One irony of these twig men is that the most famous - Walking Man and Pointing Man - are also atypical of Giacometti's work in that they show figures in motion. Most of his figures are static, as if the artist wanted us to contemplate only their being, not their doing.

Giacometti retrospectives have tended to focus on his bronzes as the "finished" versions.

His real sculptural medium, however, was plaster, which he sometimes painted. The MNBAQ exhibition includes many original plasters, whose fragility and intimacy convey a different feeling than the sturdier, more public bronzes.

The other great revelations of this show (a larger version of which was seen last summer at Tate Modern) are the paintings - some 50 canvases and works on wood, including one cut from the wall of his Paris studio. Giacometti seems never to have moved toward a heavy surface texture in painting as he did in sculpture.

His most powerful gestures are made with a brush as fine-tipped as a pencil, in linear strokes that suggest the volumes and hollows of the face, especially the eyes. He gives a demonstration in the video loop, swiftly outlining a facial topography that is surprisingly academic.

Another artist might have buried these signs of analytic life drawing under layers of facial modelling. In Giacometti's portraits, they're on the surface, streaked with luminosity. Around the eyes, they focus the sitter's gaze to a mesmerizing degree. Caroline in a Red Dress, one of many portraits of the young girlfriend of his final years, has an intensity and presence that has to be experienced to be believed.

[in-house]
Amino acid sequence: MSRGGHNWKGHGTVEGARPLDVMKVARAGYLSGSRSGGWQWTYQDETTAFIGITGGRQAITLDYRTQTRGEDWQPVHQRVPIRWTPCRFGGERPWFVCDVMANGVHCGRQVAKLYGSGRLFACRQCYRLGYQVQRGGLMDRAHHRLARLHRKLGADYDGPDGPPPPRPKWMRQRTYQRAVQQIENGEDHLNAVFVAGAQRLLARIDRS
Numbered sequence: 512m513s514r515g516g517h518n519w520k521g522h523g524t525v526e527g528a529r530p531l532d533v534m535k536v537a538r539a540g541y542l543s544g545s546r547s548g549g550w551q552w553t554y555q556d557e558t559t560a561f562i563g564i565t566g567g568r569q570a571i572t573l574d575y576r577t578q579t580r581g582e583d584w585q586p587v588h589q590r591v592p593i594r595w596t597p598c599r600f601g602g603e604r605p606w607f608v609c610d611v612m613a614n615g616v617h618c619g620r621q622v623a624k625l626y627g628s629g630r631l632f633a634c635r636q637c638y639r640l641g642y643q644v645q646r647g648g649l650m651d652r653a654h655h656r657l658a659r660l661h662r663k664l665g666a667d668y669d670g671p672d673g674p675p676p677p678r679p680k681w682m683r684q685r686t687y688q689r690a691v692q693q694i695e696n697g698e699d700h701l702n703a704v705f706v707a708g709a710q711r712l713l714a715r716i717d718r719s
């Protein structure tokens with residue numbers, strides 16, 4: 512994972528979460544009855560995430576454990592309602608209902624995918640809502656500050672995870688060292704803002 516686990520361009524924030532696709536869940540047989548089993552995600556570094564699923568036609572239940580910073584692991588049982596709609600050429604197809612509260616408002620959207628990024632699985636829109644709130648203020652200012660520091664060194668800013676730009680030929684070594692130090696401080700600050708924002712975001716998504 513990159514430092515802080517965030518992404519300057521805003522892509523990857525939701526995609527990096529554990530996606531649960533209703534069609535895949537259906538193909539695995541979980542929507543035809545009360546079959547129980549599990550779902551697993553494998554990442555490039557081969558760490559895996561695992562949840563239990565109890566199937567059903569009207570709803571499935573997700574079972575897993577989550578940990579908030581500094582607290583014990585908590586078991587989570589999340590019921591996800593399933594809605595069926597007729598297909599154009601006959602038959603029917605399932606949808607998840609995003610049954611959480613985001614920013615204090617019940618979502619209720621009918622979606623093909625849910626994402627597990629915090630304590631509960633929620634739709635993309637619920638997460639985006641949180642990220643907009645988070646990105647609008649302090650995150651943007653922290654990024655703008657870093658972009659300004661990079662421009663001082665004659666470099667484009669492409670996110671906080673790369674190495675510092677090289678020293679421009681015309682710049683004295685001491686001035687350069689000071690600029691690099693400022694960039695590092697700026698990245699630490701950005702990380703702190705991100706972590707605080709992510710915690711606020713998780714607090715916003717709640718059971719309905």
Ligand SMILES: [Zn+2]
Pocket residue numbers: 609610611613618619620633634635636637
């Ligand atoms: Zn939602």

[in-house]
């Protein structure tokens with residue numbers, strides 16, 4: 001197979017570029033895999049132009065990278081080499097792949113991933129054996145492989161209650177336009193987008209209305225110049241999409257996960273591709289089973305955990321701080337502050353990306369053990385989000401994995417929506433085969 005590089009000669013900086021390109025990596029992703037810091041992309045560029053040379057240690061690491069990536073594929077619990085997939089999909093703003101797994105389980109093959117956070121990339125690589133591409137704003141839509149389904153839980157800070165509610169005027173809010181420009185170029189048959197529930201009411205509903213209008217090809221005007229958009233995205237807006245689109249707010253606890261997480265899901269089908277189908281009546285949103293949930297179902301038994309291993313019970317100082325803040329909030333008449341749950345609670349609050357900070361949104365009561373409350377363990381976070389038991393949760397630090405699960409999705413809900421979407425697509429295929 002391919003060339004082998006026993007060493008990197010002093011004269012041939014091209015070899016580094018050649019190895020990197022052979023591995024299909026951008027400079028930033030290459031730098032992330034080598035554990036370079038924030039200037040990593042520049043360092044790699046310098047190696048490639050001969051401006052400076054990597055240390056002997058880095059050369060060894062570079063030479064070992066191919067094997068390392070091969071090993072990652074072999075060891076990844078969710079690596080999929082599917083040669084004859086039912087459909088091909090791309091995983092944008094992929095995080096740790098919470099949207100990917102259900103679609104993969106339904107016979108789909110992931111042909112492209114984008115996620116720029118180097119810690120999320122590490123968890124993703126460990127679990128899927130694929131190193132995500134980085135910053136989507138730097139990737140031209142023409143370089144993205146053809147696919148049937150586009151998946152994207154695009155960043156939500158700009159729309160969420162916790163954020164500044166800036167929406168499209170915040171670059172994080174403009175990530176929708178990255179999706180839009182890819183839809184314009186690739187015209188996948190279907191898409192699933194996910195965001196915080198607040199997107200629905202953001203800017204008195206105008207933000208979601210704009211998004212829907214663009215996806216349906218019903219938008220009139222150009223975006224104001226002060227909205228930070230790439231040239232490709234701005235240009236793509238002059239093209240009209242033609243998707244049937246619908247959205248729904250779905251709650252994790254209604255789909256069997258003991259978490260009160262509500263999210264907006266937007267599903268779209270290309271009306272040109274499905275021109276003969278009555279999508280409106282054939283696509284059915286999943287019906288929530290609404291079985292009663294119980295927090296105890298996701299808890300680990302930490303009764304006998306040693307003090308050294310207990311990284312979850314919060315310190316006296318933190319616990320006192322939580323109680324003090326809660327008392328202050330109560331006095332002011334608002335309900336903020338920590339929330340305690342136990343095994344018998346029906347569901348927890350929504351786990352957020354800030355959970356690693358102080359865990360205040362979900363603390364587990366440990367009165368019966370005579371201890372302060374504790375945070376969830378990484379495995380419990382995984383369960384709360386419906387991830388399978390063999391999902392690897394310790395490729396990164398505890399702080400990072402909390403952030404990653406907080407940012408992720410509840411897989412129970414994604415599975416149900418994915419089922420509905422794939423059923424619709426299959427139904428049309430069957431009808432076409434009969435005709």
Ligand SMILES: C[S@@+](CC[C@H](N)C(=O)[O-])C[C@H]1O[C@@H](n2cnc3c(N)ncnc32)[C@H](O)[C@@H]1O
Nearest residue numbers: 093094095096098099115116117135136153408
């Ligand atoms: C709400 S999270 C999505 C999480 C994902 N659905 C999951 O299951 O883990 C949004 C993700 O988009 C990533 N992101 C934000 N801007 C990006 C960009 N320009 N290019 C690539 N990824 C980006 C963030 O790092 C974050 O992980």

Giacometti was proud of his skill as a draftsman, and that was perhaps his defining trait in all media. His emaciated sculptures, some of them little more than humanoid spikes, resemble line drawings in space. His last portraits are all about lines, and finally about the two points of the eyes, defined and dramatized through that magic with the fine-tipped strokes. Everything else is background, devoid of careful definition or of almost any colour but grey.

He lived in Paris almost all his working life, but remained a villager in his habits. He seldom travelled, except back home, and saw close friends such as Jean-Paul Sartre and Simone de Beauvoir (who also posed for him) every day.